Justices seemed wary of changing the high court's 52-year-old Tinker precedent, which limits the regulation of student speech on campus to situations where administrators can show a "substantial disruption" is likely.
The civil liberties group scoffed at the board meeting notes, which claim the approved language "has been consistently upheld in court." How to apply the substantial-disruption test is "at the heart" of the Supreme Court case, which involves a cheerleader punished for a profane Snapchat rant without any connection to the school.
UO is warning students that it will monitor everything they do 24/7, using a legal test developed for K-12 settings on school grounds, FIRE said. This is "exactly the jurisdiction creep from K-12 to college that we have warned about" in the group's brief filed in the cheerleader case.
GWU's Turley was also flummoxed by the claim in the meeting notes that the new language is court-approved.
Tinker and related cases explicitly "refer to disruptions on campus or in schools," he wrote. "Oregon is laying the groundwork for saying that you[r] speech off campus can be sanctioned if it is claimed to [be] disruptive [to] anyone on campus."
The new policy language is so ambiguous as to create chilling effects for students, Turley said. For example, he postulated, "if a student identifies herself as an Oregon student, is that sufficient 'identification'" to trigger UO jurisdiction? "What does 'involved' with an identification mean?"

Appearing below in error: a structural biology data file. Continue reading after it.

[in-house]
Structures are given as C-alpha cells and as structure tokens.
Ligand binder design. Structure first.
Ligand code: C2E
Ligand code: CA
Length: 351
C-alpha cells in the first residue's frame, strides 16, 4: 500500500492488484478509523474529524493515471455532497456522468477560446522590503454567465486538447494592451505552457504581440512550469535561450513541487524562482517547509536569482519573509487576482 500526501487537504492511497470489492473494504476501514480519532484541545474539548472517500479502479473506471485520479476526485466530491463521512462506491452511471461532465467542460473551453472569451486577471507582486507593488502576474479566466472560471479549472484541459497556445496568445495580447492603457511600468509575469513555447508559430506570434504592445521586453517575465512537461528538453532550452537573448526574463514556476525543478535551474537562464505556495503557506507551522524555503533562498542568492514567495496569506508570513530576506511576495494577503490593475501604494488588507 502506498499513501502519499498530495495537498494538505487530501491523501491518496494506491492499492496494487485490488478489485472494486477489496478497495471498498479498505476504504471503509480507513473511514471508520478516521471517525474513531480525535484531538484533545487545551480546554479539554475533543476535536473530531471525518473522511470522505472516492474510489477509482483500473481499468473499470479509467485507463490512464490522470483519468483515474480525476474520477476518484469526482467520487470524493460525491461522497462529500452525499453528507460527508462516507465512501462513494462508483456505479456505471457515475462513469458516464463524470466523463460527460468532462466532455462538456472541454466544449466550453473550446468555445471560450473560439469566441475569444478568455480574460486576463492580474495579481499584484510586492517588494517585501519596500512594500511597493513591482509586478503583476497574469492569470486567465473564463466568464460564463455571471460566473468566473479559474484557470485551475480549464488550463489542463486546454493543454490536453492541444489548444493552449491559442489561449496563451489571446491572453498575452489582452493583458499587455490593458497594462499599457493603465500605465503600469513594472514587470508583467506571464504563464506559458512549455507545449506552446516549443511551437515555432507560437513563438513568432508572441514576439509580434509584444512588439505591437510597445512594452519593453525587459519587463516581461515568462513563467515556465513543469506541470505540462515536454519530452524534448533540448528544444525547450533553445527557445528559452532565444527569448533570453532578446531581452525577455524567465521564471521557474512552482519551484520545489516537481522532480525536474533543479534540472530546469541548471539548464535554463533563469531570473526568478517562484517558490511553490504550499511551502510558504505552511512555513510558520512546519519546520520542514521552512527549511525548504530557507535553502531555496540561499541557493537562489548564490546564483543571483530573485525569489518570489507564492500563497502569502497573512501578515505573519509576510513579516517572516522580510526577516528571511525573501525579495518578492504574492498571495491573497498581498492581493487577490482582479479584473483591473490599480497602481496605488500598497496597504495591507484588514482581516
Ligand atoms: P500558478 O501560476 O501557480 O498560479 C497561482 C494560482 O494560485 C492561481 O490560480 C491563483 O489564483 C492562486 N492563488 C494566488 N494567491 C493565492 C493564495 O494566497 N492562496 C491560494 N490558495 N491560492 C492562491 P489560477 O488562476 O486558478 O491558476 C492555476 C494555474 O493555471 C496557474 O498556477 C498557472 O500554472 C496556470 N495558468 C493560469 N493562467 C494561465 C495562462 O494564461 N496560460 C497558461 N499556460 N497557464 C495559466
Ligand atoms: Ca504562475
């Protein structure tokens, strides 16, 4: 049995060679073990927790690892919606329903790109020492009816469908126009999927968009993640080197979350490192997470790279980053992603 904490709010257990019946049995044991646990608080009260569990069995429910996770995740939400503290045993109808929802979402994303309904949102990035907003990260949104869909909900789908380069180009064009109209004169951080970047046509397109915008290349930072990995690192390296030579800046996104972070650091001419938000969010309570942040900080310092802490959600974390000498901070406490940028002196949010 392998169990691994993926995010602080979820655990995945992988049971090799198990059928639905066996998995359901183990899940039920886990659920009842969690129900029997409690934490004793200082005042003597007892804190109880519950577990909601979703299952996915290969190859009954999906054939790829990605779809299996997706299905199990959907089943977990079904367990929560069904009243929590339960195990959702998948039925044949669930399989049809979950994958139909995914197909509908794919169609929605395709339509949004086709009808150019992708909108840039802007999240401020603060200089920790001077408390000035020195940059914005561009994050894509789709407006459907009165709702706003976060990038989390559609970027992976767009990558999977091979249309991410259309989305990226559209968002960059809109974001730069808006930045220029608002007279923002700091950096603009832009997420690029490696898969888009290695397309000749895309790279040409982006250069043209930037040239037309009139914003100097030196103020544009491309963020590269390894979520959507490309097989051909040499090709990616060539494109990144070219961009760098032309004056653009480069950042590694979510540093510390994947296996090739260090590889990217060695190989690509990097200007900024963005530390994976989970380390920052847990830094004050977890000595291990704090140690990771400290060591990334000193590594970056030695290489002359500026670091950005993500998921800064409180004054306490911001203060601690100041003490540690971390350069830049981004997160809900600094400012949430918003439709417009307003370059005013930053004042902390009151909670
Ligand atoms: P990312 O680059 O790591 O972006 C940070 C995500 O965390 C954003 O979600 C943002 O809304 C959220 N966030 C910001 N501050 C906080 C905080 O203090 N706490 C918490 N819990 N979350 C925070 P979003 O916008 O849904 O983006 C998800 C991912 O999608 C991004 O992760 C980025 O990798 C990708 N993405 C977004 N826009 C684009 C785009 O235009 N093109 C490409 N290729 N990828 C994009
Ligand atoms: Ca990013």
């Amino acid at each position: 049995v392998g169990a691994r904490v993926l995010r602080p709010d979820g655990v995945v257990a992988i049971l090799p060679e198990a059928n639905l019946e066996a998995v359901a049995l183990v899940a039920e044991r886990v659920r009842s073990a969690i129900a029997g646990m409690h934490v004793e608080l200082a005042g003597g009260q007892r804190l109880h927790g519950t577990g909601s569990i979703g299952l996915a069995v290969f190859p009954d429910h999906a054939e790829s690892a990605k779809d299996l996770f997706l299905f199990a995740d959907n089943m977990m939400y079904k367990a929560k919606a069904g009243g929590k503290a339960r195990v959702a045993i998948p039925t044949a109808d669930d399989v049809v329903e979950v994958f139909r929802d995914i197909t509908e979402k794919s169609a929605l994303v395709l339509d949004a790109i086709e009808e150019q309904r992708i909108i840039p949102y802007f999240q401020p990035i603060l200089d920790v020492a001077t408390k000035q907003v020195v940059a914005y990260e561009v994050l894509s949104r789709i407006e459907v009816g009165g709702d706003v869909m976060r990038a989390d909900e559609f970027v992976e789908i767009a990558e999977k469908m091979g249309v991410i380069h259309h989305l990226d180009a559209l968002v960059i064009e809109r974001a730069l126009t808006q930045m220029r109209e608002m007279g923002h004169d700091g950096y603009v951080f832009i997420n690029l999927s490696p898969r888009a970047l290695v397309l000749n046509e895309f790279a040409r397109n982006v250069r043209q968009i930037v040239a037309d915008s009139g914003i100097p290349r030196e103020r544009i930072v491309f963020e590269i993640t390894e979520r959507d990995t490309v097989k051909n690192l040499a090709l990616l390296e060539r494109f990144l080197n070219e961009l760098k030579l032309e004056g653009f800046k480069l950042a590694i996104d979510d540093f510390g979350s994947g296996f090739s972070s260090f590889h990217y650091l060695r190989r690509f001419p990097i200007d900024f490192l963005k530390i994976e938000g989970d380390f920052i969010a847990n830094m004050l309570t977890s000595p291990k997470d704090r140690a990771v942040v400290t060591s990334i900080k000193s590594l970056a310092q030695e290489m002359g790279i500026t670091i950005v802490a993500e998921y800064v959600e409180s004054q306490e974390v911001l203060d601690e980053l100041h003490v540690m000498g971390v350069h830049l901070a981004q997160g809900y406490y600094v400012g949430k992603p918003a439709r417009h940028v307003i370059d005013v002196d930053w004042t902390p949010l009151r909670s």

The university is sending mixed messages, according to Turley, who cited UO's decision in 2018 to honor a visiting professor who pleaded no contest to physically attacking a student at a pro-life demonstration on the University 0f California-Santa Barbara campus in 2014.
Universities are taking "far more aggressive steps" against conservative community members for expressing unpopular views, Turley said, and this vague language "can only fuel such biased enforcement."
The new policy is just one of Raban's complaints about UO. The constitutional law expert views "this unfortunate and continuing pattern with great concern."
UO policies "contain expansive definitions of speech-based misconduct that is punishable by expulsion for students, or termination for faculty and other employees; and university administrators have sometimes shown lack of good judgment in applying them," he told Just the News. "The situation is aggravated by the University's lack of proper procedures for handling and investigating speech-based complaints."
News, not Noise
- Effort to spread discredited Russia collusion theory welcomed by McCain Senate panel, memos show
- Draft report of Maricopa audit finds Biden won but flags as many as 44,000 votes as 'critical'
- White House tells agencies to begin preparing for potential government shutdown
- Ten questions the Arizona election audit could answer Friday
- DeSantis sidesteps Biden rationing, acquires new monoclonal antibodies from U.K. drug firm